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Commits on Nov 6, 2017
  1. Next is 1.3.0.Beta2

    dmlloyd committed Nov 6, 2017
Commits on Nov 3, 2017
  1. [MSC-153] Fixing pom license.

    ropalka committed Nov 3, 2017
  2. Merge pull request #59 from dmlloyd/threadpool

    ropalka committed Nov 3, 2017
    [MSC-194] Introduce new thread pool implementation
Commits on Nov 1, 2017
  1. [MSC-153] Adding license file.

    ropalka committed Nov 1, 2017
Commits on Oct 31, 2017
  1. Merge pull request #58 from ropalka/master-fixes

    ropalka committed Oct 31, 2017
    Synchronizing MSC master with 1.2 branch
  2. Updating javadoc.

    ropalka committed Sep 21, 2017
  3. Refactoring - no functional change.

    ropalka committed Sep 21, 2017
    Changing internal interface method names and updating javadoc.
    This change doesn't affect MSC public API ABI.
  4. Optimizing transition START_INITIATING -> STARTING.

    ropalka committed Sep 21, 2017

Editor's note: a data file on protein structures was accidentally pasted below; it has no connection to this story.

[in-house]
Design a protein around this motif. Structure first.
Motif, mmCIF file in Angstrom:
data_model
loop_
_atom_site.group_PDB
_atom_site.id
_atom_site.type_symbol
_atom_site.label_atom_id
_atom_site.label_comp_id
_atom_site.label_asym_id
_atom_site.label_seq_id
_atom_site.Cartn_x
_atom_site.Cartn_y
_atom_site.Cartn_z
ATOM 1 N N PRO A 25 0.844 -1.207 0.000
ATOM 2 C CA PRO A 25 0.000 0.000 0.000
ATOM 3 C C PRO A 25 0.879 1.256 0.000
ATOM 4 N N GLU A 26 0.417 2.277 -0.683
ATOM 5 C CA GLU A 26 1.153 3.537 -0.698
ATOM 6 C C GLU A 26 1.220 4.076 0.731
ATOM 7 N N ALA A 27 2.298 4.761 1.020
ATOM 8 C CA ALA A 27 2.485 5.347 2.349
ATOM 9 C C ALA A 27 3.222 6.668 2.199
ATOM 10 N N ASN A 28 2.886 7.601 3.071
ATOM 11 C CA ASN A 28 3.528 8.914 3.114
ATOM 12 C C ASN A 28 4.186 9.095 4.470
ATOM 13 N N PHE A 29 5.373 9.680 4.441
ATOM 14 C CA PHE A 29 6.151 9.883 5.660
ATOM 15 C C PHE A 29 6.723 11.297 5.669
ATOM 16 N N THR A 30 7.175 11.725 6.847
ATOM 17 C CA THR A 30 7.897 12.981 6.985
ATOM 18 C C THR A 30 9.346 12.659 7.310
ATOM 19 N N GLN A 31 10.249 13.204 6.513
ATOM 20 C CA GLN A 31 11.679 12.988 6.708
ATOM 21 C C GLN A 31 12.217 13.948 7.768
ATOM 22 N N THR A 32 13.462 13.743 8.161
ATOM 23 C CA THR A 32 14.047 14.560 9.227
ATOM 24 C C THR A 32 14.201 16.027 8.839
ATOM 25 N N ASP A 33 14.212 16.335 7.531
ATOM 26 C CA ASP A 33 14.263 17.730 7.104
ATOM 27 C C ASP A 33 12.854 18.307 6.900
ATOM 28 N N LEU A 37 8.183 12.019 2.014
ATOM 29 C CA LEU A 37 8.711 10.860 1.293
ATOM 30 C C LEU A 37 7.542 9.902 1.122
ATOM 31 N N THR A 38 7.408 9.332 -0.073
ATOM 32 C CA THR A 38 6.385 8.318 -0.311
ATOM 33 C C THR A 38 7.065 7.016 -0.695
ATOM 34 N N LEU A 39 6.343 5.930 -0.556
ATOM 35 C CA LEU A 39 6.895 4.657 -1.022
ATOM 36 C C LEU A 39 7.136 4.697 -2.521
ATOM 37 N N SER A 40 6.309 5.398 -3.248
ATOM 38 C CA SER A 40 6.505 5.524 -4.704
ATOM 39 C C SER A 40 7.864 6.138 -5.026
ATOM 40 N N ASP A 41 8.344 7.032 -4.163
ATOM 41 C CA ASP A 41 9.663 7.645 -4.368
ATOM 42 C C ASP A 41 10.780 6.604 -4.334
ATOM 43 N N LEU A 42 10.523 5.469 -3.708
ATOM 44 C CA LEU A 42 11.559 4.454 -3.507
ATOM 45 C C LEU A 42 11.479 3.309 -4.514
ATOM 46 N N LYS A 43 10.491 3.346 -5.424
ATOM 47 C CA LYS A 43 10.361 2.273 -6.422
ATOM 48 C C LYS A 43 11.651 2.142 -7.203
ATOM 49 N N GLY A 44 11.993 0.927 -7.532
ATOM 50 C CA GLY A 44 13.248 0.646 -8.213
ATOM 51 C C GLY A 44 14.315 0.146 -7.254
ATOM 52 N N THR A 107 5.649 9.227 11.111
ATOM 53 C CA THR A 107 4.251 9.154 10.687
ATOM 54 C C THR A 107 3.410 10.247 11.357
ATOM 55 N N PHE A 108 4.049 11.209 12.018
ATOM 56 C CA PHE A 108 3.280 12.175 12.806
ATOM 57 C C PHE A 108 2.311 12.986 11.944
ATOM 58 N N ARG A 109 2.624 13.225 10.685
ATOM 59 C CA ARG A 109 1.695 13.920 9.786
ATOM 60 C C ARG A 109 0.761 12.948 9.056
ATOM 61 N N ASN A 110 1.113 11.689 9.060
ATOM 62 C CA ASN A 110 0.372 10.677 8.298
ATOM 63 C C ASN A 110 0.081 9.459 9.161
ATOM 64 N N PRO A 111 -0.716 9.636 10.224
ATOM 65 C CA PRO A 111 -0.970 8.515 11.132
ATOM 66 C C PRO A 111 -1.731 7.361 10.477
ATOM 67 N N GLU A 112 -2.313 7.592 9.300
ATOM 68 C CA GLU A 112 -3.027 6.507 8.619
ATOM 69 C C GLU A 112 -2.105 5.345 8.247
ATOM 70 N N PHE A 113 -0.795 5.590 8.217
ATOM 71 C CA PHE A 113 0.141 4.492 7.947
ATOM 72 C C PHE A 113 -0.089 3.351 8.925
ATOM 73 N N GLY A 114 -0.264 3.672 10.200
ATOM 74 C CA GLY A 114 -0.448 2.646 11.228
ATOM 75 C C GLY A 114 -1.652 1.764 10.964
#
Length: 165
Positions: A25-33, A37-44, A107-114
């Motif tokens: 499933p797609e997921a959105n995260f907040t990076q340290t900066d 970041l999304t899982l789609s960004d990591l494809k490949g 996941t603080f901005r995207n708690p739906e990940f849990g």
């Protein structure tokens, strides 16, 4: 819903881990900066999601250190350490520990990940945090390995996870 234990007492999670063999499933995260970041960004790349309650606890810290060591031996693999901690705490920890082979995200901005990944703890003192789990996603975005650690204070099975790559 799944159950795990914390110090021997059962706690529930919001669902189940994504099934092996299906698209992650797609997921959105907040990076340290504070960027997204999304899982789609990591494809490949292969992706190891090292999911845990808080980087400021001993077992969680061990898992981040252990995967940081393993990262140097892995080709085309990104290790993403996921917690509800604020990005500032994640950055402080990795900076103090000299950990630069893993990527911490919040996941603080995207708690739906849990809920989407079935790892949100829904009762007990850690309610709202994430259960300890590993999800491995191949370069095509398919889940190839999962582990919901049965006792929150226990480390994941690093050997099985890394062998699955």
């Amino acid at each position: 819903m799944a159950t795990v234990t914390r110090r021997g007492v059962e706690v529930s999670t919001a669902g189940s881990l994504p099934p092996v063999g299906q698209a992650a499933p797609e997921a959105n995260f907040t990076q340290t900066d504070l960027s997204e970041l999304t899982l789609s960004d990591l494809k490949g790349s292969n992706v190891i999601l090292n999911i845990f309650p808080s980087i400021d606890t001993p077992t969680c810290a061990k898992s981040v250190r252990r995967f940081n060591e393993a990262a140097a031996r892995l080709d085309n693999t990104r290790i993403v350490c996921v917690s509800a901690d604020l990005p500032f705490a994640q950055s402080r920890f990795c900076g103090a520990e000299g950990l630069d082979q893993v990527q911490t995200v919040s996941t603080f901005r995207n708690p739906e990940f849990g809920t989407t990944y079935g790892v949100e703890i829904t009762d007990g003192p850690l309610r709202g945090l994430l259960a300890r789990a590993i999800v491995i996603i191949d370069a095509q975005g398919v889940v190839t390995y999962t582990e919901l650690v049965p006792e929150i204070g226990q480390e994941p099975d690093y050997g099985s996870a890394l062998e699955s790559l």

Controller shouldn't enter STARTING substate if shouldStart() returns false.
  5. Merge pull request #56 from ropalka/master-fixes

    ropalka committed Oct 31, 2017
    Synchronizing MSC master with 1.2 branch
  6. [MSC-193] Fixing broken ServiceContainer shutdown process.

    ropalka committed Sep 14, 2017
    There were two kind of problems with previous solution:
    [1] shutdownListener was executed in regular listeners chain
    [2] race condition between shutdown() and install() methods
    
    Both aforementioned problems sometimes caused unexpected
    premature executor shutdown while there were still
    pending tasks (either scheduled or not) to be executed.